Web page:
I respectfully suggest that similar claims may have been made about firearm cleaning products (not just Fireclean), and that therefore, similar caution should be exercised concerning them.  I’ve never used Fireclean, and based on the information currently available about it, I see no reason to start doing so.  I’m happy with the cleaning products I currently use.  There are many good choices out there that are publicly endorsed by their users (with no mysterious, or anonymous, or unsubstantiated claims about who those users may be).  American Mercenary points out that there’s an even cheaper solution available – one I’ve used myself from time to time.  He’s right.



  1. FIREClean™ has been proven in combat in Afghanistan by US Special Operations Forces, and is in use by Army, Navy, Marine Corps, and Air Force Special Operations. It is also in use by elements of the FBI, DHS, DEA, CBP, Secret Service, Department of State, various intelligence agencies as well as numerous State and Local Law Enforcement Agencies.

    But NOT tested and endorsed by any of those agencies. I saw all kinds of things being used by the troops in Iraq. Soldiers and Special forces are just as susceptible to marketing as everyone else. And they aren't too good at reading the instructions either. At the time, Militech was a pretty hot item. The troops were using it as oil for weapons even though it was a metal treatment according to it's own labeling. And most troops did not use their weapons in combat. but "swear by the product". Go figure. Snake oil is VERY popular. Don't even try to keep people from buying it. Especially don't try if the snake oil is bought by wemen for dietary supplements.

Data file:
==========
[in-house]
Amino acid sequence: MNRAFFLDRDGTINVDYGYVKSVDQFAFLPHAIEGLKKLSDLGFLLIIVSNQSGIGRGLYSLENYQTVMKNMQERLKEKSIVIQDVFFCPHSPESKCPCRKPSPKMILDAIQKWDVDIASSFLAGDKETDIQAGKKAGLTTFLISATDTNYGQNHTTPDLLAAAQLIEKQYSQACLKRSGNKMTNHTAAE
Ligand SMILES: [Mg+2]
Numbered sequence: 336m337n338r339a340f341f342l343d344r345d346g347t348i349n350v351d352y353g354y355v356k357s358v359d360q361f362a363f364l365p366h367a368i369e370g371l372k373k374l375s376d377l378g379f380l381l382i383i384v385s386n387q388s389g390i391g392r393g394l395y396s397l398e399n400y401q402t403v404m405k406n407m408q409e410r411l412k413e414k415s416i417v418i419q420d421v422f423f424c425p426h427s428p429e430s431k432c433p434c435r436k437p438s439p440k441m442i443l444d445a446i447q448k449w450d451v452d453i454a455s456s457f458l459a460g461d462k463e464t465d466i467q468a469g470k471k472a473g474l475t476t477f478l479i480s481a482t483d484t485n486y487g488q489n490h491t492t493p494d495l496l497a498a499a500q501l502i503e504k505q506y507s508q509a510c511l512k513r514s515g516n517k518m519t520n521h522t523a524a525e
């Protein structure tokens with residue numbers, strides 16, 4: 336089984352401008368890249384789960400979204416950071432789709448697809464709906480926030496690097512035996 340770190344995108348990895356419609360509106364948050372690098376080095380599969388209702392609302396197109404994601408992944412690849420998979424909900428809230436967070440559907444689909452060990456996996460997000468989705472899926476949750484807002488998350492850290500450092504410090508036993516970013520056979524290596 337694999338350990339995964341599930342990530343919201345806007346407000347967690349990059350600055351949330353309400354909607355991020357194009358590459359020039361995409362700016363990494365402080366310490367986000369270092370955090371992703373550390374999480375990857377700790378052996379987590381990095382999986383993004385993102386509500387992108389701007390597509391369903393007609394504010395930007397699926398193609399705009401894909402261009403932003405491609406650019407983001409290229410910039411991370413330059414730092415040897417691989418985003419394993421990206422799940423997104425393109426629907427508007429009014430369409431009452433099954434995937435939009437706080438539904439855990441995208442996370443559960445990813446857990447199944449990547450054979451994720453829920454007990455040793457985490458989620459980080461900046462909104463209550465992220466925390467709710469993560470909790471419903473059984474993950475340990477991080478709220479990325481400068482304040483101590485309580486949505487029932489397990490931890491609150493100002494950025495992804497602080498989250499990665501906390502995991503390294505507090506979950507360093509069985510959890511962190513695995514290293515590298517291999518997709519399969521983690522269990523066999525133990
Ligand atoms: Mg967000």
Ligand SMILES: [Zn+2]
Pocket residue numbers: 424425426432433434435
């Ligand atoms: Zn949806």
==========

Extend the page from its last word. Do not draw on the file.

2. Back when I was in my Black Powder phase(early 90s) we used a tub of Crisco for just about all our lubing needs. Used it on the patch around the ball. Used it to seal the chambers of cap and ball revolvers. We even used Crisco to protect the barrel from rusting.

    Black powder would react with petroleum based products. The plant based Crisco would keep the fouling soft and easy to clean. Pour some boiling water down the barrel, let it drain out the nipple, swab it down and lube it up.

  3. I confess to a fondness for Hoppes, but I generally will clean a dirty gun with WD-40 then lube with a bit of 3 in 1 oil. When my current can runs out I may just replace the 3 in 1 with a squeeze bottle of canola and see how it works.

  4. I thought I'd heard something (probably in the since-deleted video) about Fireclean having an expiration date – something that no proper machine oil should have. This is consistent with it (a) being basic kitchen-type vegetable oil, and (b) going gummy, not to mention rancid, with time.